Page last updated at 00:30 GMT, Thursday, 4 March 2010

Schools in England 'have 793,000 empty places'

By Sean Coughlan
BBC News

More than 400 secondary schools are a quarter empty

There are 793,000 empty places in England's schools, official figures reveal.

This comes as the Conservatives are proposing more parental choice by creating an additional 220,000 school places.

The schools minister challenged the Conservatives to say how such additional places would be funded.

The Conservatives say "there will be no extra revenue cost as we will be using a per pupil funding formula".

'Million empty places'

A Labour spokesman says that adding an extra 220,000 places would mean paying for more than one million surplus places in the school system.

In response, a Conservative spokesman pointed to the level of surpluses as an indication of parental dissatisfaction with the quality of the schools available.

"When one in six parents don't get their first choice of school there is clearly a shortage of good school places," he said.

These latest figures show the extent of empty places in schools in January 2009 - created by demographic trends and parents sending their children elsewhere.

They show that in secondary schools this number of surplus places now stands at 310,000, out of a total of 3.4 million.

In more than 400 secondary schools more than a quarter of places are left empty.

In primary schools, the figures show 483,000 surplus places - out of a total of 4.2 million.

The Department for Children, Schools and Families has sought to reduce such surpluses - saying that a high level of empty school places is a "poor use of resources".

Political battle

But the latest figures come against the political battle over extending school choice.

The Conservatives want to make it easier for parents to create new schools - as a way of giving more choice and raising standards.

But Labour has challenged them over the funding of such an expansion at a time of constrained public spending.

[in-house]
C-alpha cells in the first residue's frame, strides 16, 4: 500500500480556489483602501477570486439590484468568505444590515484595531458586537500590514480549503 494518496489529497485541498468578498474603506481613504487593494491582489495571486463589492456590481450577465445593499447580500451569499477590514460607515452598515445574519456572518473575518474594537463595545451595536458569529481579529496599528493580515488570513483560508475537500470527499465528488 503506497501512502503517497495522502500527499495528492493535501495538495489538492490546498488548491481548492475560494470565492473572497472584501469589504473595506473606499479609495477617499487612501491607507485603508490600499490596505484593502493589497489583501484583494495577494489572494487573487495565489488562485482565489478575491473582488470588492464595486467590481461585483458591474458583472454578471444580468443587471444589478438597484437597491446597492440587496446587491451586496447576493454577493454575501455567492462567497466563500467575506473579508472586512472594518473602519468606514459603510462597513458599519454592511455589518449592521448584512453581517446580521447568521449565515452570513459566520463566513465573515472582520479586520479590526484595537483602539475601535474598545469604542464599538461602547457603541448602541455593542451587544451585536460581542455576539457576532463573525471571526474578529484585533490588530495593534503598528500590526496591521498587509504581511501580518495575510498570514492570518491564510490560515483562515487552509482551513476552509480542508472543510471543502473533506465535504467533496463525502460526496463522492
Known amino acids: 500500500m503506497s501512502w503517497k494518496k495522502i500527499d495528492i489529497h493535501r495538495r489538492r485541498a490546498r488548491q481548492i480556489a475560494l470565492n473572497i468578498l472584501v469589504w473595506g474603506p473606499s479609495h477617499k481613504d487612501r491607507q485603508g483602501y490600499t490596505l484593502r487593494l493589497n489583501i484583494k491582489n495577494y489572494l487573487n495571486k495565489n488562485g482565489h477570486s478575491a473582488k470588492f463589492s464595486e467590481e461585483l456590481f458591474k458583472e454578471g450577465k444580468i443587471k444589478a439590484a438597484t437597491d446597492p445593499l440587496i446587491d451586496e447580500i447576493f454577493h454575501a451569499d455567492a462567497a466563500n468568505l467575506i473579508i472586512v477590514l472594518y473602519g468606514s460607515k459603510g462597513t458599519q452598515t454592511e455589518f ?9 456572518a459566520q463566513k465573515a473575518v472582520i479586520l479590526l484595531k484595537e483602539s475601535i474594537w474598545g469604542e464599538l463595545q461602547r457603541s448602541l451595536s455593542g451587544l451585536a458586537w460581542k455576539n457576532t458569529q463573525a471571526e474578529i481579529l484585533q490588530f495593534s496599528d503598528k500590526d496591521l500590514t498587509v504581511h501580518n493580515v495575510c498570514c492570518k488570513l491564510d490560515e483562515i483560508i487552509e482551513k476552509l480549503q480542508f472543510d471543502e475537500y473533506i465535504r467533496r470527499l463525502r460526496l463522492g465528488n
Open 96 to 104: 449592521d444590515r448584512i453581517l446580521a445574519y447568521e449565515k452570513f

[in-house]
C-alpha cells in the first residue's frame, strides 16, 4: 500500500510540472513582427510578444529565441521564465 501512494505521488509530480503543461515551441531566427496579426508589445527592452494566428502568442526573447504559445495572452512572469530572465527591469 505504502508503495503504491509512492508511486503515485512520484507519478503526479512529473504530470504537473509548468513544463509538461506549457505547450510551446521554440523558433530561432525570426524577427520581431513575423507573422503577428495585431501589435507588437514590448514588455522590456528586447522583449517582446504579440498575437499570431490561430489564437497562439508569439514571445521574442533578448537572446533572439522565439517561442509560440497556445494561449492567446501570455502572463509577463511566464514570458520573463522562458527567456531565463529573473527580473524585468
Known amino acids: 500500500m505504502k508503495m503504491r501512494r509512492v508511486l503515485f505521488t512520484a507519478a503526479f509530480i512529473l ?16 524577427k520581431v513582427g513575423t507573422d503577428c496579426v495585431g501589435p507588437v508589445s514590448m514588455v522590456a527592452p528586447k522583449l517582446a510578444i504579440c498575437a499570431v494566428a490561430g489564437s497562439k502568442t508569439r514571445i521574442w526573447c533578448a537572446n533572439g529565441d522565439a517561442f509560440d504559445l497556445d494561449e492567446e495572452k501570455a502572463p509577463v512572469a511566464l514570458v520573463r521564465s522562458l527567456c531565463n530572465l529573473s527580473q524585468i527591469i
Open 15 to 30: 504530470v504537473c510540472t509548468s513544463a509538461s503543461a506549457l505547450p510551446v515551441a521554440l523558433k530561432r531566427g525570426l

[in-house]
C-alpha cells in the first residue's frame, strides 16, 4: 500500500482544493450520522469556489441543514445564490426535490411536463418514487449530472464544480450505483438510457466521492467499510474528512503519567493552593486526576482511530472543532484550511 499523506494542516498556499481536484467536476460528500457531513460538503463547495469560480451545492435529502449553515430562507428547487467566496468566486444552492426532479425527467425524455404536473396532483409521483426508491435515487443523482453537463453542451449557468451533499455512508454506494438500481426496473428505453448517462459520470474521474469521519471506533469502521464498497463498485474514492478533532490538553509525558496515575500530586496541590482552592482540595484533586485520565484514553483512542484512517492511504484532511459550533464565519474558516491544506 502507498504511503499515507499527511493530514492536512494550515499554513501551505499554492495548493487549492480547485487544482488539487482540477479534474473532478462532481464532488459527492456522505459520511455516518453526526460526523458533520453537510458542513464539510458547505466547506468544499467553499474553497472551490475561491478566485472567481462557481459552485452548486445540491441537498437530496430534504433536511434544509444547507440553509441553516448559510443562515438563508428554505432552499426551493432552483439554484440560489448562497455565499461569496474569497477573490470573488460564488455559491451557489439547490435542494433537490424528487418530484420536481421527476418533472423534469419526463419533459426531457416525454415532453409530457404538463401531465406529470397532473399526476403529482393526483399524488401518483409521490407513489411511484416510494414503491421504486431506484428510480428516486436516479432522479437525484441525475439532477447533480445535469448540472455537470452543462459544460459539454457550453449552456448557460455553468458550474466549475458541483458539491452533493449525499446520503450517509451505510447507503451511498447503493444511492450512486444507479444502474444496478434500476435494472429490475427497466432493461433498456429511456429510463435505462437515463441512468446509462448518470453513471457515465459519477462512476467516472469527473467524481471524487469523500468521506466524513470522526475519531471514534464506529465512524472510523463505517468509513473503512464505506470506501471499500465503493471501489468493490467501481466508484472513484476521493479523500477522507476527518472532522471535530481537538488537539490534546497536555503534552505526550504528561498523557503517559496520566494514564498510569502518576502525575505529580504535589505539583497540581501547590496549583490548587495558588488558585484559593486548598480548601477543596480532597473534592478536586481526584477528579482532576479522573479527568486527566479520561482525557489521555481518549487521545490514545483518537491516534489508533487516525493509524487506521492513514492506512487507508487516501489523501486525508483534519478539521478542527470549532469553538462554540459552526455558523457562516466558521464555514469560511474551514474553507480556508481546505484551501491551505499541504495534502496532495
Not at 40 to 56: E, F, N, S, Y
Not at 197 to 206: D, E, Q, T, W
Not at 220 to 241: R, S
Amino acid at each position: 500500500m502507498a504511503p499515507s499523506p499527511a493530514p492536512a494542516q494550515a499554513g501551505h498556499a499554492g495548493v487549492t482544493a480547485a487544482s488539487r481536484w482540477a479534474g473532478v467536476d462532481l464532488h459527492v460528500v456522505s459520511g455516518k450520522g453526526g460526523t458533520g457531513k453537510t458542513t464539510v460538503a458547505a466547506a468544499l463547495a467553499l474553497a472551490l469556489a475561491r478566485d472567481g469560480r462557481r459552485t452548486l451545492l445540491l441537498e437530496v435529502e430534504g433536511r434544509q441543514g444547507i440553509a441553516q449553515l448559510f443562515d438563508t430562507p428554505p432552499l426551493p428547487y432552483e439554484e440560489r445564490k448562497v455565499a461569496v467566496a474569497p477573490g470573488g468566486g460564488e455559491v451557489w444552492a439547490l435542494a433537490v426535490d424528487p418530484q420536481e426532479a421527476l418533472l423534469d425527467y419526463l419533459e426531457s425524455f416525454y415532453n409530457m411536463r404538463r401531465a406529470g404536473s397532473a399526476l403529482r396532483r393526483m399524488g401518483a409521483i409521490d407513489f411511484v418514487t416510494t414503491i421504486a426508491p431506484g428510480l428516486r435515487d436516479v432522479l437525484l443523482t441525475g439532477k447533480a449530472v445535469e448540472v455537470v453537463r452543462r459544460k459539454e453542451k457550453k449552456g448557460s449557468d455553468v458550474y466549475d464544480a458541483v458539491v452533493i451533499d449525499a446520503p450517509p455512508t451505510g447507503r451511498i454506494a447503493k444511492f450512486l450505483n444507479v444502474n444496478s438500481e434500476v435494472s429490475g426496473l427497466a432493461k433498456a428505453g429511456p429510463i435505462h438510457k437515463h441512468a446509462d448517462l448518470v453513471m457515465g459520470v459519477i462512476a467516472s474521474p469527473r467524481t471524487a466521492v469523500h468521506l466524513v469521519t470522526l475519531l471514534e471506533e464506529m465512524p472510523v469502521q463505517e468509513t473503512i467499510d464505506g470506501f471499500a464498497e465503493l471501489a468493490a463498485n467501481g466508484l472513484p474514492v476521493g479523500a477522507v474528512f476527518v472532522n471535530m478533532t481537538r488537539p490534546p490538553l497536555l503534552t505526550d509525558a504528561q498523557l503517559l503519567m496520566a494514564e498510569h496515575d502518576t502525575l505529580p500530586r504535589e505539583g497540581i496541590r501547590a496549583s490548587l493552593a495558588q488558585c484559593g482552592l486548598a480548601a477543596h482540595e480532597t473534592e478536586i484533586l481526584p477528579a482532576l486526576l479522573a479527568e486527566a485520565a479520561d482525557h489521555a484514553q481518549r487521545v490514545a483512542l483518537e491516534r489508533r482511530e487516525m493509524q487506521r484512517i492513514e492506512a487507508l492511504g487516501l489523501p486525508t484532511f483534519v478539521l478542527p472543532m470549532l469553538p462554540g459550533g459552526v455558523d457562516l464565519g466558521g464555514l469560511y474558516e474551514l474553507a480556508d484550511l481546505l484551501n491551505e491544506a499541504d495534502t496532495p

It says opening new schools would mean additional teachers, equipment and running costs.

"They have no idea how they would pay for hundreds of new 'free market schools' with hundreds of thousands of surplus places, without big cuts to existing schools," says Schools Minister Vernon Coaker.

A Conservative spokesman said creating extra capacity would not mean more expense.

"There will be no extra revenue cost as we will be using a per pupil funding formula. If a parent moves from school 'x' to a new school 'y' the revenue spending is transferred. So there is no extra cost," the spokesman said.

"There will be a capital cost which will be funded from the Building Schools for the Future budget as we have said before. This means that the same amount of money will be spent on building schools but under our plans some of those buildings will be led by parent demand not government diktat."

The Conservatives have also attacked the government's record on the size of schools - saying that the number of very large schools has risen.

They say that the number of secondary schools has fallen by 10% since 1997 - and the number of very large schools, with more than 1,500 pupils, has risen from 136 to 294.

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